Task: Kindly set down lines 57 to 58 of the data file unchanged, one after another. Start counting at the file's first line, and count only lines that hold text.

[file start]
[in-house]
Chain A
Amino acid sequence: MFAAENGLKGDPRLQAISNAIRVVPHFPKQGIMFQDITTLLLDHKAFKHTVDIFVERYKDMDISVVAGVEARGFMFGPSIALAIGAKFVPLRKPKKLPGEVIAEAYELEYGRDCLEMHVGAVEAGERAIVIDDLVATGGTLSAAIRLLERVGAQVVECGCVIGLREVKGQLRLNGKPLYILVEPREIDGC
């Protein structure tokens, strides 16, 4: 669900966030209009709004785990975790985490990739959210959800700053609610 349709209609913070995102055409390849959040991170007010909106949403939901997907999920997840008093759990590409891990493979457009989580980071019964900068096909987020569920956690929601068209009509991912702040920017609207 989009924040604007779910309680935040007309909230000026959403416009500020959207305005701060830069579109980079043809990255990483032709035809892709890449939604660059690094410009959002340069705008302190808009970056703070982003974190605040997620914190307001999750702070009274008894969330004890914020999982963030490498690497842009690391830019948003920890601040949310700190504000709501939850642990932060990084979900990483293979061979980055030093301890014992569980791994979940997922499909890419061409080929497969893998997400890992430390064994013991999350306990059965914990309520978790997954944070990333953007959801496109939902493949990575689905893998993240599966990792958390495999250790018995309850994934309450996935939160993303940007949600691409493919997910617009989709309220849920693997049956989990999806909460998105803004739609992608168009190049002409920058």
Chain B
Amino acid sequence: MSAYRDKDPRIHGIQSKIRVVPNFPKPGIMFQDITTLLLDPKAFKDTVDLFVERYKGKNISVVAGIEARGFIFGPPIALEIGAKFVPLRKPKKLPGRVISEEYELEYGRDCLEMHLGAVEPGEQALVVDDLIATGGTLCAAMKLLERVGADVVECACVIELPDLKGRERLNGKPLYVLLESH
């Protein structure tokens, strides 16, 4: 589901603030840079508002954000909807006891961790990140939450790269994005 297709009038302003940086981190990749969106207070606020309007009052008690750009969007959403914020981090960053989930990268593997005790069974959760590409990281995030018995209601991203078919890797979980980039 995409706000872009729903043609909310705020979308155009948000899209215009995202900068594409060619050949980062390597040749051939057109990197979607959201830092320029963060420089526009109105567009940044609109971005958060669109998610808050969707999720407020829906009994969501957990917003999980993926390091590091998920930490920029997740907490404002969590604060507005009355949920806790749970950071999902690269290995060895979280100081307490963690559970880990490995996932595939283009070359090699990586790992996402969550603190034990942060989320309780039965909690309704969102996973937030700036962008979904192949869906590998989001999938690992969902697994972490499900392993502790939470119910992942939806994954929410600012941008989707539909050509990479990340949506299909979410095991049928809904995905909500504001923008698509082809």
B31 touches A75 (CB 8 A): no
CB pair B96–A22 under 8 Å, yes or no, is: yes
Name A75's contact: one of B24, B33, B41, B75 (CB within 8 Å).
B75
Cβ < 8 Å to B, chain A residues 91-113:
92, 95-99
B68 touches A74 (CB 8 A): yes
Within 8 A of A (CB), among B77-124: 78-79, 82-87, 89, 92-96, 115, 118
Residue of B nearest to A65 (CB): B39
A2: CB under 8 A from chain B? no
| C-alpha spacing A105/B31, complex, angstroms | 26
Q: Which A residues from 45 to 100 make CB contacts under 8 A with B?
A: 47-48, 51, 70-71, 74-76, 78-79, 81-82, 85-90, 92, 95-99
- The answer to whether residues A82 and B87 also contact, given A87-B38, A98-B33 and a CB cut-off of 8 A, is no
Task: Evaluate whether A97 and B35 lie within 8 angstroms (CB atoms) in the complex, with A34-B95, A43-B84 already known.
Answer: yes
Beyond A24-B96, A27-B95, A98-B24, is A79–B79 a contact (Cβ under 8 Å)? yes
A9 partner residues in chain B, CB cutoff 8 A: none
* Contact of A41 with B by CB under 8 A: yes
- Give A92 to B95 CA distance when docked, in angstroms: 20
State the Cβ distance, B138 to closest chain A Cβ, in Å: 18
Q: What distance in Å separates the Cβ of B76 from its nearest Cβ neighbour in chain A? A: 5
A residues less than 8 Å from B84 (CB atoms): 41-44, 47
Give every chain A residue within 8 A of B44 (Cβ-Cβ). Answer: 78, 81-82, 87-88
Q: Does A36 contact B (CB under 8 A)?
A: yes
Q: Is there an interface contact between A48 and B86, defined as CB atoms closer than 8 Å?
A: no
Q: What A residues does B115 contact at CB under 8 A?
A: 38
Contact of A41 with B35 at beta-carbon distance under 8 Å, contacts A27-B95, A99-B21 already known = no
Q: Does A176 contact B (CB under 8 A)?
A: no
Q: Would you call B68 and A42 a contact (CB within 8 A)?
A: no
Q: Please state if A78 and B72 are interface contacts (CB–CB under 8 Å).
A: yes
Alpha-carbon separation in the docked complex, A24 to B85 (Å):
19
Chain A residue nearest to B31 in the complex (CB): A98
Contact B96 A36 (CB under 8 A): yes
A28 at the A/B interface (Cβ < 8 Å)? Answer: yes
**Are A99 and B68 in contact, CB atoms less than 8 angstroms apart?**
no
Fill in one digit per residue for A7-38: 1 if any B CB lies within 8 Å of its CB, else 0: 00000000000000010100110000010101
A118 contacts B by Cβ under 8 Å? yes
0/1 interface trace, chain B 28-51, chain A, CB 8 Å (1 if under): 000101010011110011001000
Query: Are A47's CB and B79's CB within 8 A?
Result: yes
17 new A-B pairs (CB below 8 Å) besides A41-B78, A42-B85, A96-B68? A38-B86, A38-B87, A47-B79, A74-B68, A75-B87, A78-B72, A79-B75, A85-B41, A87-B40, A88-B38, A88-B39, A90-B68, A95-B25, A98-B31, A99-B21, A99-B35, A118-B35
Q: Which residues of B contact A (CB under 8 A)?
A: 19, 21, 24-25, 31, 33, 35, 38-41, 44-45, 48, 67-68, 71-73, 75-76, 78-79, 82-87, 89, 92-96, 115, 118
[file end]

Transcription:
17 new A-B pairs (CB below 8 Å) besides A41-B78, A42-B85, A96-B68? A38-B86, A38-B87, A47-B79, A74-B68, A75-B87, A78-B72, A79-B75, A85-B41, A87-B40, A88-B38, A88-B39, A90-B68, A95-B25, A98-B31, A99-B21, A99-B35, A118-B35
Q: Which residues of B contact A (CB under 8 A)?